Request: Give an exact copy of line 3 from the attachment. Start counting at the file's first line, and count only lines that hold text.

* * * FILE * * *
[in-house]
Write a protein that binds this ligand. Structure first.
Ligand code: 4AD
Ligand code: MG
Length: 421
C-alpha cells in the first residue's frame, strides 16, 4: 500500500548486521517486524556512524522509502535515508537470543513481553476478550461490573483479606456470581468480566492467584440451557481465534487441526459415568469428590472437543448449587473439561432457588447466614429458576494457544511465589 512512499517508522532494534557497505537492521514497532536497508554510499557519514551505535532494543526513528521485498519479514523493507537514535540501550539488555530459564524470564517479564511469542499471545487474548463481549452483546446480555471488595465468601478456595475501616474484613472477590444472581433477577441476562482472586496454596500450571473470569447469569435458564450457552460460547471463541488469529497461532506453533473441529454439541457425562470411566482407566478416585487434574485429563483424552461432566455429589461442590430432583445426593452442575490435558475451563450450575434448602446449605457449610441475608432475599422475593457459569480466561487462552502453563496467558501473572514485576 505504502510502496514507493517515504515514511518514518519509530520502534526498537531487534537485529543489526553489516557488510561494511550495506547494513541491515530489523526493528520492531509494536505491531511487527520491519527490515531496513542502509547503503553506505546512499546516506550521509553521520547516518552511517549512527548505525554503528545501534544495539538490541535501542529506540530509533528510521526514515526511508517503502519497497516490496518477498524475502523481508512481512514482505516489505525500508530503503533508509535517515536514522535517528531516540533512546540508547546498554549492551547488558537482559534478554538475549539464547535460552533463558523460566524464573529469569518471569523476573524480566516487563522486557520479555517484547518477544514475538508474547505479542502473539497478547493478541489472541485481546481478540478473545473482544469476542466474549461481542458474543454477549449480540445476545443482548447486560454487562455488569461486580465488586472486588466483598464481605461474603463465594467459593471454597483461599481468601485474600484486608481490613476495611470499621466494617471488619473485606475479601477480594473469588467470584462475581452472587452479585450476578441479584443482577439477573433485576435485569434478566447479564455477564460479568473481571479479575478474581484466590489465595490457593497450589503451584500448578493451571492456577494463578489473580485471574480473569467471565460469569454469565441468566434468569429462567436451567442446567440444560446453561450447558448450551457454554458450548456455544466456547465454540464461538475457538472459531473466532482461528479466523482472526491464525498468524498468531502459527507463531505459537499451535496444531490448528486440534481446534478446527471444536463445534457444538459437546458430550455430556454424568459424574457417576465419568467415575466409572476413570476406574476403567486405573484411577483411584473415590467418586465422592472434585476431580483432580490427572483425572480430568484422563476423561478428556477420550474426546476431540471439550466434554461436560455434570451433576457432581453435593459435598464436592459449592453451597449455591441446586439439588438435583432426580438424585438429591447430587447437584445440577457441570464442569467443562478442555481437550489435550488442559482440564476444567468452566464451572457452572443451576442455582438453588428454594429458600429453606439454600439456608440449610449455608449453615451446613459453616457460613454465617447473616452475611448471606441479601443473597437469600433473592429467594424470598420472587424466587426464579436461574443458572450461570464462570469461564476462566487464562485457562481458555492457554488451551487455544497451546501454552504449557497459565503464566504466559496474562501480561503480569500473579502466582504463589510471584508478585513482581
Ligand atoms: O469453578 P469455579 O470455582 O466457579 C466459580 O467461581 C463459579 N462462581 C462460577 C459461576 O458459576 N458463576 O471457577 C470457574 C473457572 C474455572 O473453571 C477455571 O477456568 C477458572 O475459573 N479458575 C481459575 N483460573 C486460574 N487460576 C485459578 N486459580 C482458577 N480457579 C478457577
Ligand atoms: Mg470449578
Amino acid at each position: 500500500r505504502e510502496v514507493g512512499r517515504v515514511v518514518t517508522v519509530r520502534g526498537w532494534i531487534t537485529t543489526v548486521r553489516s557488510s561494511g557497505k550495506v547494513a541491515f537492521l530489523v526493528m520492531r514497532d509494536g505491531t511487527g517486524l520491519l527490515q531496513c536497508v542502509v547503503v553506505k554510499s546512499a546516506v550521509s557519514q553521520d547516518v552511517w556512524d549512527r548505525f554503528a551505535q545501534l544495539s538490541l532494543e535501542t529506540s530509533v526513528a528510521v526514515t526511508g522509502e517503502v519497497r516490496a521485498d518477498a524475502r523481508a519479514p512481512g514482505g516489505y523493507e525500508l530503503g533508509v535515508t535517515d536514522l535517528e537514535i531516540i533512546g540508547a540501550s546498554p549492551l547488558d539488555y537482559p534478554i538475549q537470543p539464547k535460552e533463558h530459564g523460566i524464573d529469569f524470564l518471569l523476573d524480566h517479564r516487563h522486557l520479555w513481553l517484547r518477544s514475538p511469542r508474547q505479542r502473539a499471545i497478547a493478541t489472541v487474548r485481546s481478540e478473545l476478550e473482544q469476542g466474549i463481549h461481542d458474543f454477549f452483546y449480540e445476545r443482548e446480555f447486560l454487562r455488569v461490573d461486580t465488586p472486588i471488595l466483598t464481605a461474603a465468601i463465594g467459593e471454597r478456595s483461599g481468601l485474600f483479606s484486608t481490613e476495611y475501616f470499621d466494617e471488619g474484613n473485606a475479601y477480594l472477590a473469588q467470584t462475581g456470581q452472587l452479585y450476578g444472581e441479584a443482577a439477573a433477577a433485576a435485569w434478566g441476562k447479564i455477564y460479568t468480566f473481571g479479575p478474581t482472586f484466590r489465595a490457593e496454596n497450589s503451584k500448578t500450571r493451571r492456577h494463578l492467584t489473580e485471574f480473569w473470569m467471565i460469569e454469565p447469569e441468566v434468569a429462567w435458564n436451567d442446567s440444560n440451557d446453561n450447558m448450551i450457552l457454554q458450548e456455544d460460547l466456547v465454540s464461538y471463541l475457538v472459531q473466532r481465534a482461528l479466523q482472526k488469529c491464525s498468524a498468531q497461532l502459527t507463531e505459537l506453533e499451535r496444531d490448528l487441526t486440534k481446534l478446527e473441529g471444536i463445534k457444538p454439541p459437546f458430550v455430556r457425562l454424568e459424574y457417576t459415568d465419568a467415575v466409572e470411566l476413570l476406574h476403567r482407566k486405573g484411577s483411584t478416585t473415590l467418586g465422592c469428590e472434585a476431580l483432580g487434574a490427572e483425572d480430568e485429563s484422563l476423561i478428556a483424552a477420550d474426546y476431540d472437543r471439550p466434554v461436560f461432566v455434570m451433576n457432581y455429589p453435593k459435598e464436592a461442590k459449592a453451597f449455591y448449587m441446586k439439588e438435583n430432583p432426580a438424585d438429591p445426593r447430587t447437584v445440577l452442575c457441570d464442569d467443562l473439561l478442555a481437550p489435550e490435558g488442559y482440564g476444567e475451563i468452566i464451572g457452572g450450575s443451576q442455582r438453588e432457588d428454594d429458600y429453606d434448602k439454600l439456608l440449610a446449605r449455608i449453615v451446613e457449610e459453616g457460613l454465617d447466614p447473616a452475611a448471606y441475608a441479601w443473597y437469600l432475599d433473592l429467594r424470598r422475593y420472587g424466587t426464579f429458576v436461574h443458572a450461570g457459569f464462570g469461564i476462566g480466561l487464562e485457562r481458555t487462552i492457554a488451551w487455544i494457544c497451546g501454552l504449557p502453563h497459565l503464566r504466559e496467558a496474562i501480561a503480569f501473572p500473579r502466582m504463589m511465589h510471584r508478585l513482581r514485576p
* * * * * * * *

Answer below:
Ligand code: 4AD